Wednesday, August 26, 2009

Dangkou (Plastic City)

Very strange debut movie by Nelson Yu Lik wai, who is better known as the cinematographer of Jia Zhang ke (who’s one of the multiple producers) that’s visually interesting but the story and storytelling style is not.

This is a Chinese, Japanese and Brazilian production with a story set in Brazil about a crime family in the counterfeit goods business. Tells about Chinese counterfeit “king” Yuda (Anthony Wong Chau-Sang) and his adopted Japanese “heir” Kirin (Jô Odagiri) who embark on a power war and eventually are ousted by an ambitious Chinese younger “king wannabe”.

What makes this movie strange is that looks and feels like a Japanese or Chinese film/story but the Sao Paulo setting really crashes with the story the film is telling. I tend to believe that if the same story is told in Hong Kong, Tokyo or any other major Japan or China city, the story, the film, and the storytelling style would have made a completely different film that would have been a lot more interesting.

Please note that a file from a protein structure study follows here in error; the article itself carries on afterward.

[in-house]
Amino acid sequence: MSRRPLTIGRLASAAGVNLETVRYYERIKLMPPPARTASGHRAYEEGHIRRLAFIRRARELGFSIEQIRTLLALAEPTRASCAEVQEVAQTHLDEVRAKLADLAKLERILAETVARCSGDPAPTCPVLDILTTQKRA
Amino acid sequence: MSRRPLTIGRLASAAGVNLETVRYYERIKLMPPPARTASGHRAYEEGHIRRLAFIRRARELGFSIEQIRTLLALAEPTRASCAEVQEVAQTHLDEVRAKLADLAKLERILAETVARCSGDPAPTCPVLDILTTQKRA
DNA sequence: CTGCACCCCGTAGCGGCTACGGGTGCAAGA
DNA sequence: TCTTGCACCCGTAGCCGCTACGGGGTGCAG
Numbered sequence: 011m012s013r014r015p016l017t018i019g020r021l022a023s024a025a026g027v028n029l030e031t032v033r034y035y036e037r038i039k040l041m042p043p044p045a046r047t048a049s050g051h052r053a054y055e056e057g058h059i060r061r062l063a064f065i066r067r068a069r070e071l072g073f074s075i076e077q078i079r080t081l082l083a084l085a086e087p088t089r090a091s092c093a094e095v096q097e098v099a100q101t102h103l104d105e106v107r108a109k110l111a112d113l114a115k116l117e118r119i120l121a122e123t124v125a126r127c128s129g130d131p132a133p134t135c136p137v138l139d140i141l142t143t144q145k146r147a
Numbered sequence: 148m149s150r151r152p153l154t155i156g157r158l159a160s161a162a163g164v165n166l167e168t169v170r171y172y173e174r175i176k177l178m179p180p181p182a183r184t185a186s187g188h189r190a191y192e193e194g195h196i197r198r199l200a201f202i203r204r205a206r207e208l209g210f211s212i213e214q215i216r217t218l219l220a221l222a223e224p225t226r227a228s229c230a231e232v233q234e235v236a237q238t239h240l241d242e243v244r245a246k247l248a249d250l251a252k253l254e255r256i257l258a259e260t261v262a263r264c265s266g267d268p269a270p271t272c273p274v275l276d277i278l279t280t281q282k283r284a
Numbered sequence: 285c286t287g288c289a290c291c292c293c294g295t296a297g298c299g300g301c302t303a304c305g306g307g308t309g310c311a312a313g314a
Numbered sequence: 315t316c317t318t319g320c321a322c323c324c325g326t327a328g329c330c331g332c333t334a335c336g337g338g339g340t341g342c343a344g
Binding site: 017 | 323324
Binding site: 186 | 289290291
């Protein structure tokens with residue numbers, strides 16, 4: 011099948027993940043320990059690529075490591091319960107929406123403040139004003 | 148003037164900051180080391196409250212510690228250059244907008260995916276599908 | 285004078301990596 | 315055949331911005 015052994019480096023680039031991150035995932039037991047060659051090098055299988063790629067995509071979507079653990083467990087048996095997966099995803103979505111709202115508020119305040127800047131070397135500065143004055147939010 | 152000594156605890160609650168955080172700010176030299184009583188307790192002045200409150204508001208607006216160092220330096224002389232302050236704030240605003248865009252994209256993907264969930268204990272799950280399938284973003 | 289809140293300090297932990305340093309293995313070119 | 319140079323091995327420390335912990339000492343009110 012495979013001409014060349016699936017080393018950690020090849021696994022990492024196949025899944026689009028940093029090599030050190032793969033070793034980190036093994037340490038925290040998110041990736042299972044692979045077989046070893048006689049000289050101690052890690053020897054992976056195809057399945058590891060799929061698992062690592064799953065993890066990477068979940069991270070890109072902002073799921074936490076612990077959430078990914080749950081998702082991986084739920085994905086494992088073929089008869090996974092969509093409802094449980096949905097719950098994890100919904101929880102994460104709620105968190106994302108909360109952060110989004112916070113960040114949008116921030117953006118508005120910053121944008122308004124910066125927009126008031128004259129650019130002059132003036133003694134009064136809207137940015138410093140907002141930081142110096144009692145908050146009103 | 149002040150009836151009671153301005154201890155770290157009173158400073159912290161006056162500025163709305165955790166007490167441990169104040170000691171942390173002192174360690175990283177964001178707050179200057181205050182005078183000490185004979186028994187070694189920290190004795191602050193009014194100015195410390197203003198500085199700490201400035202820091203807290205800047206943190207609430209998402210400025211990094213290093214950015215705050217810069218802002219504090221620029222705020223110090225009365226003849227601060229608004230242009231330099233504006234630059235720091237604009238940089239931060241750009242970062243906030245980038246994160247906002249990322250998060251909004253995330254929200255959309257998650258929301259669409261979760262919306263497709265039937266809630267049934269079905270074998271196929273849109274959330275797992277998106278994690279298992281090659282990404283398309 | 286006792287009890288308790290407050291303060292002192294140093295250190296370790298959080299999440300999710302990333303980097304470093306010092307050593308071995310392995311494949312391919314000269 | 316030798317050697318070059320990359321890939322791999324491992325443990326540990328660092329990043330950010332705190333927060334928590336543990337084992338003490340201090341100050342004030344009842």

Main actor’s performances are really good but their acting style looks and feels totally out of place; still that’s one of the reasons that allowed me to watch the entire film, besides the eye-catching visuals and excellent cinematography. But neither saves the film as a whole and when is over leaves an unpleasant taste in your mouth that travels fast to your head.

It’s hard for me to imagine how a film with such excellent credentials went so wrong. But this is not the first (and probably won’t be the last) movie with excellent Asian credentials where storytelling goes wrong because of the setting, just remember Kar Wai Wong's Blueberry Nights.

The film was in competition for the Golden Lion at the 2008 Venice Film Festival and I also do not understand how it end-up there, as is a film with style but very little substance.

I cannot recommend this movie.

Watch trailer @ Movie On Companion

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